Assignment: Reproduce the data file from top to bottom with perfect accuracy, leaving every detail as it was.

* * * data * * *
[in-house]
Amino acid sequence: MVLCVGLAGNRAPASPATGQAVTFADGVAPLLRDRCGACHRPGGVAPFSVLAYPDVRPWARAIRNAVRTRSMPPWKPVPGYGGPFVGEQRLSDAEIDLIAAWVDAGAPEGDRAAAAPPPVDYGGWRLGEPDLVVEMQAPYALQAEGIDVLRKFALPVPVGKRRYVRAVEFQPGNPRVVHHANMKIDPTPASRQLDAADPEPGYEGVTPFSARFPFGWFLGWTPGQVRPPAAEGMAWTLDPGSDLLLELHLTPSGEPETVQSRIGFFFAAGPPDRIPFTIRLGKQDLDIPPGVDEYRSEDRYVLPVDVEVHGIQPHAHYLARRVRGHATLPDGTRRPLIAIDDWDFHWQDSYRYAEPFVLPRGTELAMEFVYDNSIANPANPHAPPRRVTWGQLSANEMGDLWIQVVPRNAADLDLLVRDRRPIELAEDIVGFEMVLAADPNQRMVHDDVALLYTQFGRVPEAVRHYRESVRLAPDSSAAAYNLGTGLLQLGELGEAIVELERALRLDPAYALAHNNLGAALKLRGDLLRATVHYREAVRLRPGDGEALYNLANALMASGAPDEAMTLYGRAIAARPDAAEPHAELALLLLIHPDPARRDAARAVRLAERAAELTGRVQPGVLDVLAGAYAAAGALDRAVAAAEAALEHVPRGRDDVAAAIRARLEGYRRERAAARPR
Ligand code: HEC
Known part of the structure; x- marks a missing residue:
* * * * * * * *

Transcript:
[in-house]
Amino acid sequence: MVLCVGLAGNRAPASPATGQAVTFADGVAPLLRDRCGACHRPGGVAPFSVLAYPDVRPWARAIRNAVRTRSMPPWKPVPGYGGPFVGEQRLSDAEIDLIAAWVDAGAPEGDRAAAAPPPVDYGGWRLGEPDLVVEMQAPYALQAEGIDVLRKFALPVPVGKRRYVRAVEFQPGNPRVVHHANMKIDPTPASRQLDAADPEPGYEGVTPFSARFPFGWFLGWTPGQVRPPAAEGMAWTLDPGSDLLLELHLTPSGEPETVQSRIGFFFAAGPPDRIPFTIRLGKQDLDIPPGVDEYRSEDRYVLPVDVEVHGIQPHAHYLARRVRGHATLPDGTRRPLIAIDDWDFHWQDSYRYAEPFVLPRGTELAMEFVYDNSIANPANPHAPPRRVTWGQLSANEMGDLWIQVVPRNAADLDLLVRDRRPIELAEDIVGFEMVLAADPNQRMVHDDVALLYTQFGRVPEAVRHYRESVRLAPDSSAAAYNLGTGLLQLGELGEAIVELERALRLDPAYALAHNNLGAALKLRGDLLRATVHYREAVRLRPGDGEALYNLANALMASGAPDEAMTLYGRAIAARPDAAEPHAELALLLLIHPDPARRDAARAVRLAERAAELTGRVQPGVLDVLAGAYAAAGALDRAVAAAEAALEHVPRGRDDVAAAIRARLEGYRRERAAARPR
Ligand code: HEC
Known part of the structure; x- marks a missing residue: